Before March 2020, the proportion of young people in receipt of income support payments had been steadily falling over the previous decade:
These declines reflect labour market conditions as well as reforms to the social security system over this period. The overall pattern observed for young people follows the same trend as for those aged 25–64.
Since March 2020, however, a number of government programs have been put in place to reduce the economic impact of the restrictions on non-essential industries due to the COVID-19 pandemic. As at June 2020, 23% of young people received an income support payment—an increase of 9 percentage points from June 2019.
This section presents trends in receipt of income support over the last decade, with the following sub-section focusing on how this changed during the COVID-19 pandemic.
Between 2010 and 2019, unemployment payment receipt for young people aged 16–24 was relatively steady, fluctuating between 4.7–6.6%.
While the number of recipients of student payments aged 16–24 decreased overall from 298,900 in June 2010 to 220,700 in June 2020, there was a 25% increase (or an additional 44,300 recipients) between 2019 and 2020. This increase may have been influenced by the 2020 COVID-19 pandemic and young people’s continuing to study and delaying their entry into the labour market due to unfavourable job market conditions.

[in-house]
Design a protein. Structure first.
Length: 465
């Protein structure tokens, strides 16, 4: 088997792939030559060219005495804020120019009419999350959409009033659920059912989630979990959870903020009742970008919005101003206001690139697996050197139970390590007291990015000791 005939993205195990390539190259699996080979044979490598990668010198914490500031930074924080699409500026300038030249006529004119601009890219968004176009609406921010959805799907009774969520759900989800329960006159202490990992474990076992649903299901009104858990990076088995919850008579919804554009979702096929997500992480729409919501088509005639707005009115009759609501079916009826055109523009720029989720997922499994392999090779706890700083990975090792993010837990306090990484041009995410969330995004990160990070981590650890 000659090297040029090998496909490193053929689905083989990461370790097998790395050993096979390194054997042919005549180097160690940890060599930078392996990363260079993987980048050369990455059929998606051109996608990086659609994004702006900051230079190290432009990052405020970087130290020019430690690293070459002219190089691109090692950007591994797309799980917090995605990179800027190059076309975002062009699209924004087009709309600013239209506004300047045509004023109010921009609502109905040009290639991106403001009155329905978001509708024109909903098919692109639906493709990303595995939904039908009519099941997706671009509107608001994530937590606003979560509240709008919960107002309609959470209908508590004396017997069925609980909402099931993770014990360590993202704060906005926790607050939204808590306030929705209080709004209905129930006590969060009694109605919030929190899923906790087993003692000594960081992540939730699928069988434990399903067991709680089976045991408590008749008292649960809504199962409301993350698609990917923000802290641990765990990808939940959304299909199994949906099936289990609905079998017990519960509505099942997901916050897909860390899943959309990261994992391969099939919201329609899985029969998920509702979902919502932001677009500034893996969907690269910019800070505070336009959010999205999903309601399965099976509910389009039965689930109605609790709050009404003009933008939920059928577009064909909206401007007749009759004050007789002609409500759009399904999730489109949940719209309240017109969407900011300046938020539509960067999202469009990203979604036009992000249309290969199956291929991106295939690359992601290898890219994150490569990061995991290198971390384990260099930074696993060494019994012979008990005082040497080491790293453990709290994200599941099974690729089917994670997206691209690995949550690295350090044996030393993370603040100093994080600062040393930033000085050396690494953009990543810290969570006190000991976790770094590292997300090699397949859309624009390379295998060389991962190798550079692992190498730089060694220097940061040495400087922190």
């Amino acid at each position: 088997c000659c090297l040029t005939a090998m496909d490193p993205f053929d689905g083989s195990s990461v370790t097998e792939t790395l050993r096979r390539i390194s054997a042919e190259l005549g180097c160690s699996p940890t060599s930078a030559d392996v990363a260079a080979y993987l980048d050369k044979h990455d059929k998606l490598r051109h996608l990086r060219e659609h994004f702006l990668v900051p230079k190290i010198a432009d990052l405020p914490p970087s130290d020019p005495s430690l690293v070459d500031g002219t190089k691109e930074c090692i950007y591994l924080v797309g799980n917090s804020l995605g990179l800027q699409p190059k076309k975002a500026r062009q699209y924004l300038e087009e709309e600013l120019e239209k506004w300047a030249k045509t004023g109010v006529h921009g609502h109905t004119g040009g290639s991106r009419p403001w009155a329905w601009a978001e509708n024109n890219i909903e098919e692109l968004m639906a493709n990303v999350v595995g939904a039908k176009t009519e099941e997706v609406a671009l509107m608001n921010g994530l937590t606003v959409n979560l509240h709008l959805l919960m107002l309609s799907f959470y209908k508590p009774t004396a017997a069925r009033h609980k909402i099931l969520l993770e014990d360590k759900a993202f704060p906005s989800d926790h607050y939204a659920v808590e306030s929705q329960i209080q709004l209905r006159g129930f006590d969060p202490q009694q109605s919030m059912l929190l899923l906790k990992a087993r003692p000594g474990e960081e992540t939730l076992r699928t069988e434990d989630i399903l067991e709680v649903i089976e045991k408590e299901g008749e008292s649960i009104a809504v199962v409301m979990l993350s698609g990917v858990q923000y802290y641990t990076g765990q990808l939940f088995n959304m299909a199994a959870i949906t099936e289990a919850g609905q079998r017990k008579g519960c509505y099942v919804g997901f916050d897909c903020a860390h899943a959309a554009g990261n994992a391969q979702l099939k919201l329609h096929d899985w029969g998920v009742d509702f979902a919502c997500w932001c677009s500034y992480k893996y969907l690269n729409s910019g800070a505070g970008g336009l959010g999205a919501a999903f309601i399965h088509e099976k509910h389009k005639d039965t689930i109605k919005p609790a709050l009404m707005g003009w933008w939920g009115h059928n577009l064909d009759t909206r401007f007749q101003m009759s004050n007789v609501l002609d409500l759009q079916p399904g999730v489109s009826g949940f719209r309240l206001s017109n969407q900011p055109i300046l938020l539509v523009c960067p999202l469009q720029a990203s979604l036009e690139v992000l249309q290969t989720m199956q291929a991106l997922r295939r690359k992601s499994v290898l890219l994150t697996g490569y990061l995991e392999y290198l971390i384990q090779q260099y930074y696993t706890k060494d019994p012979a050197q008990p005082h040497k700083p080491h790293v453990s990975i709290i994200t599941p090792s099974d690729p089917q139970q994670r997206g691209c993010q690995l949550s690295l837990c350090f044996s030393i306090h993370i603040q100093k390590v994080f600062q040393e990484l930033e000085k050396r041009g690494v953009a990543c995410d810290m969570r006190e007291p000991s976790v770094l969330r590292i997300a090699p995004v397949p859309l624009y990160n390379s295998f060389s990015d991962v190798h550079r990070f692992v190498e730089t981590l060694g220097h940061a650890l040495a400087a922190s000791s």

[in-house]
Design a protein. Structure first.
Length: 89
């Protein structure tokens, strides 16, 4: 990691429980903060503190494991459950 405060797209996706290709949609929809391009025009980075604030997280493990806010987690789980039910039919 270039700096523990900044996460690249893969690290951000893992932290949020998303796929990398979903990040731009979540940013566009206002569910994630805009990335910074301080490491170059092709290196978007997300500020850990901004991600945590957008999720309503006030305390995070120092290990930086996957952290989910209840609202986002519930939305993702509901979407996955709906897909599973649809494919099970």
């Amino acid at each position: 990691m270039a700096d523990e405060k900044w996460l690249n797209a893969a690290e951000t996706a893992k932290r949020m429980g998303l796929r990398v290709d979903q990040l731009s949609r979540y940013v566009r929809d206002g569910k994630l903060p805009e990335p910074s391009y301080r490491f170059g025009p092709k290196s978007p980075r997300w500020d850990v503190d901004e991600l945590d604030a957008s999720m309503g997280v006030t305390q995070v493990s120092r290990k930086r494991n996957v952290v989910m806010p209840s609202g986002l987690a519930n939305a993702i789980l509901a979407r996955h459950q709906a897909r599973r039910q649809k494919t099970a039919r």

The proportion of the population aged 16–24 receiving the DSP remained relatively stable between 2010 and 2020 though with some fluctuations: the proportions rose gradually between 2010 and 2014 (from 1.8% to 2.0%), then fell steadily to 1.6% in 2020. This decline may have been influenced by changes in eligibility criteria for the DSP (see People with disability in Australia, 2020 for more information on changes in eligibility criteria).